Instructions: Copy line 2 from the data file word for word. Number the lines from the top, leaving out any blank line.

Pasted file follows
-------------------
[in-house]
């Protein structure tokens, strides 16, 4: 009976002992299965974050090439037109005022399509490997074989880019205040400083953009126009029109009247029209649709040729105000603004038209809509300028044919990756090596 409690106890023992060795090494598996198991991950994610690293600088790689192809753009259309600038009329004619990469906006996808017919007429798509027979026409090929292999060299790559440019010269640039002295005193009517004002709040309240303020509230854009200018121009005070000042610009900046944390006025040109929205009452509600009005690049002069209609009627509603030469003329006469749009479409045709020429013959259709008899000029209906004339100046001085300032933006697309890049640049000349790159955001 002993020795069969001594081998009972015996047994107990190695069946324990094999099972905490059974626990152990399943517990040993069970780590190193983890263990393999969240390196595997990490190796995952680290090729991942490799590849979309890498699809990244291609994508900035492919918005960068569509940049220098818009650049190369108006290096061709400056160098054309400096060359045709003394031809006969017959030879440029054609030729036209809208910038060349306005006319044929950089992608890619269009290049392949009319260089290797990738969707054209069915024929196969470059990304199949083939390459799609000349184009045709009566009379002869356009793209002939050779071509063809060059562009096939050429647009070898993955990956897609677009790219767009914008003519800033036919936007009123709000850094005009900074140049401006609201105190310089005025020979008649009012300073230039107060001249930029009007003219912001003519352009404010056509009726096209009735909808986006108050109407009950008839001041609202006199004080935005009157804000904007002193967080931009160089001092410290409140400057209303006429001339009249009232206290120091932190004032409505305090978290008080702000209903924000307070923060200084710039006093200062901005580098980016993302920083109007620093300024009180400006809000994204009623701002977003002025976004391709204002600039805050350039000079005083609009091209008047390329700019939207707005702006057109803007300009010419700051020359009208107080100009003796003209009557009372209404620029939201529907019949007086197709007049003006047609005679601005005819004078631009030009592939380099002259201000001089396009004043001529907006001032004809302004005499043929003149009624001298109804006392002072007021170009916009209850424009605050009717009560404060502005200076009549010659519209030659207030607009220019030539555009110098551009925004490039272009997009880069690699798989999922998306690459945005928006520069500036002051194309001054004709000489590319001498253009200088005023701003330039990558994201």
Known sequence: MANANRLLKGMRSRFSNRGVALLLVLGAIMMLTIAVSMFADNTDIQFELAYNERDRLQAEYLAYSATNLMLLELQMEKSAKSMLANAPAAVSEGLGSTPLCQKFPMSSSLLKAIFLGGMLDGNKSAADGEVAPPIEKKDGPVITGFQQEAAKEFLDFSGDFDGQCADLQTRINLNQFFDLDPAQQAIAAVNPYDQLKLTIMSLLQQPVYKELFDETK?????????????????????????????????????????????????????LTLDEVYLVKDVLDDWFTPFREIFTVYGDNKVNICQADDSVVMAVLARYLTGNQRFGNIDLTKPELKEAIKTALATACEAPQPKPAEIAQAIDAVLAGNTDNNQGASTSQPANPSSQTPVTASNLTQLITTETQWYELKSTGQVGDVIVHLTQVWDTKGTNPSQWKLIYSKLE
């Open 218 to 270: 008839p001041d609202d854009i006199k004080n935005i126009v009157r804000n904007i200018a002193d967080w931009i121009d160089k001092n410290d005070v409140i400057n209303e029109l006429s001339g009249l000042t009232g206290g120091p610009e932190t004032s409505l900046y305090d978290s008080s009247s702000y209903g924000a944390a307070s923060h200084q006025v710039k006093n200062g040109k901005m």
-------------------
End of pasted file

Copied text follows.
């Protein structure tokens, strides 16, 4: 009976002992299965974050090439037109005022399509490997074989880019205040400083953009126009029109009247029209649709040729105000603004038209809509300028044919990756090596 409690106890023992060795090494598996198991991950994610690293600088790689192809753009259309600038009329004619990469906006996808017919007429798509027979026409090929292999060299790559440019010269640039002295005193009517004002709040309240303020509230854009200018121009005070000042610009900046944390006025040109929205009452509600009005690049002069209609009627509603030469003329006469749009479409045709020429013959259709008899000029209906004339100046001085300032933006697309890049640049000349790159955001 002993020795069969001594081998009972015996047994107990190695069946324990094999099972905490059974626990152990399943517990040993069970780590190193983890263990393999969240390196595997990490190796995952680290090729991942490799590849979309890498699809990244291609994508900035492919918005960068569509940049220098818009650049190369108006290096061709400056160098054309400096060359045709003394031809006969017959030879440029054609030729036209809208910038060349306005006319044929950089992608890619269009290049392949009319260089290797990738969707054209069915024929196969470059990304199949083939390459799609000349184009045709009566009379002869356009793209002939050779071509063809060059562009096939050429647009070898993955990956897609677009790219767009914008003519800033036919936007009123709000850094005009900074140049401006609201105190310089005025020979008649009012300073230039107060001249930029009007003219912001003519352009404010056509009726096209009735909808986006108050109407009950008839001041609202006199004080935005009157804000904007002193967080931009160089001092410290409140400057209303006429001339009249009232206290120091932190004032409505305090978290008080702000209903924000307070923060200084710039006093200062901005580098980016993302920083109007620093300024009180400006809000994204009623701002977003002025976004391709204002600039805050350039000079005083609009091209008047390329700019939207707005702006057109803007300009010419700051020359009208107080100009003796003209009557009372209404620029939201529907019949007086197709007049003006047609005679601005005819004078631009030009592939380099002259201000001089396009004043001529907006001032004809302004005499043929003149009624001298109804006392002072007021170009916009209850424009605050009717009560404060502005200076009549010659519209030659207030607009220019030539555009110098551009925004490039272009997009880069690699798989999922998306690459945005928006520069500036002051194309001054004709000489590319001498253009200088005023701003330039990558994201």